"I'll fuckin' burst you."
I hated all that. In fact, sometimes I would pull a guy aside and say: 'If you're going to fight, just do it.' And most of them would look at me like I was some kind of lunatic and walk away (laughs). But the talking made me so nervous.
2 Cage warrior
Even though the rules are the same, there's something very different about competing in a cage instead of a ring. When you hear that door being bolted shut, it can suddenly feel very claustrophobic in there. You're literally caged in. At first, you tend to think: 'Shit! This is insane. What the hell am I doing in here?'
'Win Or Learn'
PK: Tell me about the cage because, for people like myself, who don't know or understand the sport, it's our first impression - and you put animals in a cage.
JK: They used to hold the events in boxing rings but a lot of our sport is grappling and wrestling and people kept going through the ropes, so it was part functional. The chain-ring fence allowed the fans to see, and you could lean against it without going through, but a part of it was definitely theatrical. If you watch that documentary about UFC 1, they were discussing having fire on the outside, or a ring surrounded by alligators in a moat, and it was Hollywood meets sport. But now it's just the format. A ring? It's boxing. A cage? It's mixed martial arts. But if it was up to me, I would probably try for a different look so that wasn't people's first impression.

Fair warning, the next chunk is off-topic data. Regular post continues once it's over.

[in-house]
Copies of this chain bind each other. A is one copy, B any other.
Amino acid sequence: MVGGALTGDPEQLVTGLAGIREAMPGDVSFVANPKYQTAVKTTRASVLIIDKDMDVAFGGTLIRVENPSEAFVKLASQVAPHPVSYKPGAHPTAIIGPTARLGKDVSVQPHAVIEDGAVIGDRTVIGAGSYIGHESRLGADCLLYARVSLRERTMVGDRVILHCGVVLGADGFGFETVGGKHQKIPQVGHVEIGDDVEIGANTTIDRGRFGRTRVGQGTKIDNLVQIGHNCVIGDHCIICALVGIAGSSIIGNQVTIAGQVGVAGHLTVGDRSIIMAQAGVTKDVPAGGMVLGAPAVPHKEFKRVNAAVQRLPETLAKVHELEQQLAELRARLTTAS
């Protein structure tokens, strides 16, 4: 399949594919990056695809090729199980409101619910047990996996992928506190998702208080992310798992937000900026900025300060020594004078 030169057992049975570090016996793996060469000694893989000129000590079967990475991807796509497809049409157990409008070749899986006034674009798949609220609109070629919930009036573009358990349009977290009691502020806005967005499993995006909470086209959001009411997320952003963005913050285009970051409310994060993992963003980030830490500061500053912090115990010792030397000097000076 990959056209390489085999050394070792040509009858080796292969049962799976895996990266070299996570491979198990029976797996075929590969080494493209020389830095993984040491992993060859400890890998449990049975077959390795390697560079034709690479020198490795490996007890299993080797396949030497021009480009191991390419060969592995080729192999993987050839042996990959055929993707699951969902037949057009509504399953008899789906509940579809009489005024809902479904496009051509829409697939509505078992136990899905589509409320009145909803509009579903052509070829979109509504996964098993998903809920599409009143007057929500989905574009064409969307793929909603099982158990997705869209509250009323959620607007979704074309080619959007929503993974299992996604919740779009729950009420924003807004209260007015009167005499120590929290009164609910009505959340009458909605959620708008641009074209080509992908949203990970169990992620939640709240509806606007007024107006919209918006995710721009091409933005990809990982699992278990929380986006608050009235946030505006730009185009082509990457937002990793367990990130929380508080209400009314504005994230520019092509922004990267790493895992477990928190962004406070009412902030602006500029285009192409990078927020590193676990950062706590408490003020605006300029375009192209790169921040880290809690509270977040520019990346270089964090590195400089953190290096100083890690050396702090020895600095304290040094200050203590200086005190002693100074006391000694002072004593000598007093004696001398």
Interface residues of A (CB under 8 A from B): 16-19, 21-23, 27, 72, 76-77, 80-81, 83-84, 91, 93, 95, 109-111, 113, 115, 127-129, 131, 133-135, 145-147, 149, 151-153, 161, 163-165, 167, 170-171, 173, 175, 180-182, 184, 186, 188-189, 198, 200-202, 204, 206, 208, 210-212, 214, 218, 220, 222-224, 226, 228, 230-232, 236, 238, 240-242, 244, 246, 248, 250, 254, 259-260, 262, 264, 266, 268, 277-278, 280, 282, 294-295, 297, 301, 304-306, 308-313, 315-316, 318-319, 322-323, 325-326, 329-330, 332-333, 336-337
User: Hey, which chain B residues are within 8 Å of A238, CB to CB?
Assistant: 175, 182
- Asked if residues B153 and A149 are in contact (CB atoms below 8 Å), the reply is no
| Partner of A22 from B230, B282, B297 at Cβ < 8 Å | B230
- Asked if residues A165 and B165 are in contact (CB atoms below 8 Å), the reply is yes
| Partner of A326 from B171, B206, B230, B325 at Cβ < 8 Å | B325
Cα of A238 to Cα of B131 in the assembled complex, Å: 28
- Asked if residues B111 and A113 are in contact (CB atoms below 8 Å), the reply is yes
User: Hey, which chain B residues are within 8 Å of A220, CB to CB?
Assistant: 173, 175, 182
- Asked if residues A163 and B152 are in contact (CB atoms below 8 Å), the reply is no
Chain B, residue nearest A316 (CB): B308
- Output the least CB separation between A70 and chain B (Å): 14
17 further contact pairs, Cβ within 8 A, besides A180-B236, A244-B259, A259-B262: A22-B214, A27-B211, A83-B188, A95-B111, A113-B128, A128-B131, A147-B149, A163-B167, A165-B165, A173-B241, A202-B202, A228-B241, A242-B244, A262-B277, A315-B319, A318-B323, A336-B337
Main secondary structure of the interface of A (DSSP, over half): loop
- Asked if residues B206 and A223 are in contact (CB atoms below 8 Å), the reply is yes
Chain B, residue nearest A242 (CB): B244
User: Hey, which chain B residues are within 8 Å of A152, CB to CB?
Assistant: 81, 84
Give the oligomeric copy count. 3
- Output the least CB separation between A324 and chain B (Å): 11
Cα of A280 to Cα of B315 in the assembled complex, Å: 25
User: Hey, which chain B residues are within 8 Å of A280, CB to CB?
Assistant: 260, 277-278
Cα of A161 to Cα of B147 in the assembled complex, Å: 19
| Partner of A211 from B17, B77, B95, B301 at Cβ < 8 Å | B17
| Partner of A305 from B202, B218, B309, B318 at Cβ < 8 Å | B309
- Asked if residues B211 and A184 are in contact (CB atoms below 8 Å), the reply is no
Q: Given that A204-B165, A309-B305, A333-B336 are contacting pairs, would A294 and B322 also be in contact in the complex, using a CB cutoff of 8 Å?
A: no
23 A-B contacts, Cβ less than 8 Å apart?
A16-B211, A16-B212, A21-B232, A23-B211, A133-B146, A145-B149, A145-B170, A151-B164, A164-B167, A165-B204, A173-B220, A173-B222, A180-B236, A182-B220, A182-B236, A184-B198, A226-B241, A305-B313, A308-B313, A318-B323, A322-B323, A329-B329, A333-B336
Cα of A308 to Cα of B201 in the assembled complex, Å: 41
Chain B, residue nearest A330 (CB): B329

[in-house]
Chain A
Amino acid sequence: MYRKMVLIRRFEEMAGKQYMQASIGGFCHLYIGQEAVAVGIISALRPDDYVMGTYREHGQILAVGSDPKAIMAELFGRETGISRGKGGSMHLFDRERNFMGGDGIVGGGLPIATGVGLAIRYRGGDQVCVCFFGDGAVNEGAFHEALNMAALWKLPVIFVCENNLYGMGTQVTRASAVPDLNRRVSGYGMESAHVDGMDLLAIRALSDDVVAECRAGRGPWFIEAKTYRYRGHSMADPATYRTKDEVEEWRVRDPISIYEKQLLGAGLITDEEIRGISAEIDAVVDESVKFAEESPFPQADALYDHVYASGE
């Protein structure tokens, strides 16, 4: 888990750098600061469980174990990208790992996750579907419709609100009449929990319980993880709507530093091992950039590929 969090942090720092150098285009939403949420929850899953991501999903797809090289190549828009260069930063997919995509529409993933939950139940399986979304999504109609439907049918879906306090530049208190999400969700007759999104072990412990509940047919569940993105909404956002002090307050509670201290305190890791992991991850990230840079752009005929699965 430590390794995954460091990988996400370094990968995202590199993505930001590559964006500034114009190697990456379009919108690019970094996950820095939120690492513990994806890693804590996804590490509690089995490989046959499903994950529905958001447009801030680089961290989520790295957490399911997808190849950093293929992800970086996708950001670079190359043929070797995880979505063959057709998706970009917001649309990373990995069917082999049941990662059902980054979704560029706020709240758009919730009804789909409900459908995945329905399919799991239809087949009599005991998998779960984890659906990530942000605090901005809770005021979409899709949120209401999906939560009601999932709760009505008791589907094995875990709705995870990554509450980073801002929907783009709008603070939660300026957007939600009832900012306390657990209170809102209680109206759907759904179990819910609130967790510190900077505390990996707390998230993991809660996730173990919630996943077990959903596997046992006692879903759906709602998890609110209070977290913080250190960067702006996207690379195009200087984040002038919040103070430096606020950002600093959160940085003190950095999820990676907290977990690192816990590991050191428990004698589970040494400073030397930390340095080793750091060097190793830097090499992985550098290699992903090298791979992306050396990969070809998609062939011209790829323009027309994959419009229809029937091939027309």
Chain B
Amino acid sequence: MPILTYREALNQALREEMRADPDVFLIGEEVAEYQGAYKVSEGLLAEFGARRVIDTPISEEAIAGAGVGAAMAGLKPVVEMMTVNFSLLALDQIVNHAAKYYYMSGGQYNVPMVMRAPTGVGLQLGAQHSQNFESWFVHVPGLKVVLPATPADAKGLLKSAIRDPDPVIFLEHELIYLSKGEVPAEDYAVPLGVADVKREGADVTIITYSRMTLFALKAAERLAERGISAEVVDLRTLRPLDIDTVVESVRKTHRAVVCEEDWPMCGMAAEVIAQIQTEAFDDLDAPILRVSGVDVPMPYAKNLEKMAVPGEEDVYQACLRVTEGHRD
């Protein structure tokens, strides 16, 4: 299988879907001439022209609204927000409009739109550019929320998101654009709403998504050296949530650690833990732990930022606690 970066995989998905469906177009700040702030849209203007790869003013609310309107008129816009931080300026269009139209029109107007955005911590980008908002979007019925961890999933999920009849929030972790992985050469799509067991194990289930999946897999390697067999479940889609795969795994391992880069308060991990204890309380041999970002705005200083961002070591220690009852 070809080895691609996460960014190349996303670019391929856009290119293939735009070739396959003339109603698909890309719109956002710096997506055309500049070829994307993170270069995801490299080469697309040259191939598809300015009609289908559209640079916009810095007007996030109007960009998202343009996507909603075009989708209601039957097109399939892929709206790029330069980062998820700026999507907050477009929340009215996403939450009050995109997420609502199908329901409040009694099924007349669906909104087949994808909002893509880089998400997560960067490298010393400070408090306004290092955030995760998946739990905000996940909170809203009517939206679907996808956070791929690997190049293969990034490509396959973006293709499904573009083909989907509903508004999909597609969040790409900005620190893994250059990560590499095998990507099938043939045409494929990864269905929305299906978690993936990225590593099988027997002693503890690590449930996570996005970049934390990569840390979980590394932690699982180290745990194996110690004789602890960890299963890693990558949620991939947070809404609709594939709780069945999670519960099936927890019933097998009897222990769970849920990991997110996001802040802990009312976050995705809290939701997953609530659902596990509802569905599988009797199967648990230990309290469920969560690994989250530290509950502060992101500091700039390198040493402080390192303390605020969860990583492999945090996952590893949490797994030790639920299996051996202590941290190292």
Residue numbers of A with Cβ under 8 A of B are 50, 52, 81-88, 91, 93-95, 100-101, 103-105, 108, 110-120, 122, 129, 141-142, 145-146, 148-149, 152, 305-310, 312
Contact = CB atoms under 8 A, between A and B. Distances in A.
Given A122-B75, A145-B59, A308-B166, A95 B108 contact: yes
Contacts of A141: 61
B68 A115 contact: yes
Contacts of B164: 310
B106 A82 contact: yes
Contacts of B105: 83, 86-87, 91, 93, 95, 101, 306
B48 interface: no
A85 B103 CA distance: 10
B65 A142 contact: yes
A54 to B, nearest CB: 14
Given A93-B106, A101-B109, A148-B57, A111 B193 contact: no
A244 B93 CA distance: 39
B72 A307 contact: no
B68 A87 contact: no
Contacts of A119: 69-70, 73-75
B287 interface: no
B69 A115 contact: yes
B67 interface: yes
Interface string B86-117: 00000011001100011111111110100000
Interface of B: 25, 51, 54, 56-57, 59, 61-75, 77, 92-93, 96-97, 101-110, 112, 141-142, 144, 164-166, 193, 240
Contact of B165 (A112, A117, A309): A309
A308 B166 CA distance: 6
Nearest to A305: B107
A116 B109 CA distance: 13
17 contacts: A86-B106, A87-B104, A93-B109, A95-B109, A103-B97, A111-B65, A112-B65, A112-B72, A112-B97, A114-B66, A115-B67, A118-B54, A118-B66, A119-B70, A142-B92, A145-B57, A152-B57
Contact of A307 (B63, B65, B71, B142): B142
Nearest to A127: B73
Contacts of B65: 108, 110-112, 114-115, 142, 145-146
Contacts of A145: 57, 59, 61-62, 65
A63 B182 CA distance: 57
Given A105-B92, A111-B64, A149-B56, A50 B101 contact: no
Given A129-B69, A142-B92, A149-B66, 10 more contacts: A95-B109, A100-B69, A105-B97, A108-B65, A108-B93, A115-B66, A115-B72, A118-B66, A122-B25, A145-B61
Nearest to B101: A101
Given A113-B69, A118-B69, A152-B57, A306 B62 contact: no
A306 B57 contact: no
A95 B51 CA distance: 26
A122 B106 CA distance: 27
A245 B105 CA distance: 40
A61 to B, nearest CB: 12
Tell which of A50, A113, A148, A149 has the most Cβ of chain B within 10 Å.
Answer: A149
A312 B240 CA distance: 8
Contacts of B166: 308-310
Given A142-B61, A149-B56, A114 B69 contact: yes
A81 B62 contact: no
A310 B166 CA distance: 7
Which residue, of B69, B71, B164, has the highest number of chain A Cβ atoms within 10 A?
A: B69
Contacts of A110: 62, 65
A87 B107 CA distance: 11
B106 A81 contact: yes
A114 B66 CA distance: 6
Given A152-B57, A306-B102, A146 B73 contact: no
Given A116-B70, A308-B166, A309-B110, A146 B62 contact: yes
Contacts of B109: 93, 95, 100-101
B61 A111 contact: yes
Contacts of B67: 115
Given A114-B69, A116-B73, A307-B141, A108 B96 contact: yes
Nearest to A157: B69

JK: I remember my mother's reaction when she saw I was going to fight in one. And my Dad. I knew he was worried and didn't want to see me hurt, but the only thing he said was: "It would be terrible if you broke your back, wouldn't it?"
PK: Where was that fight?
JK: Portsmouth. It was the first in Europe.
PK: How did you feel about it?
JK: It's a bit daunting initially, but then I actually got to like it because it felt like everyone else was locked out, and there was something serene about that: you're on your own, they're not really part of it. It's just you and one guy.
PK: Here's another quote from the book: "Whenever I fought, in order to motivate myself, I needed to do something that I always tell my fighters not to do, and that is to become emotionally invested in a contest."
JK: There's a phrase: work the technique, not the man. So, in every position in the fight there's a technical solution. He has me in this position? I go one, two and three - and that's what your focus should be. You don't go in thinking: 'I fuckin' hate this guy, I'm going to rip his head off!' That's not how your brain should be working. So work the technique, not the man.
PK: Why didn't you fight like that?
JK: I learned by error. My friend, who didn't know any better, would tell me: "This guy is going to hurt your sister." And I'd go in all ramped up and intent on hurting the guy, but that's not a good way of doing it. My second book is going to be called 'How to do Everything Wrong', because I fought wrong, I ran a business wrong, I did everything wrong.
PK: You make another point in the book about competing - one you attribute to Kieran McGeeney: "He often says that you need to have a darkness inside you to compete at a high level in any sport. If you can't tap into that dark side, you'll quickly come unstuck."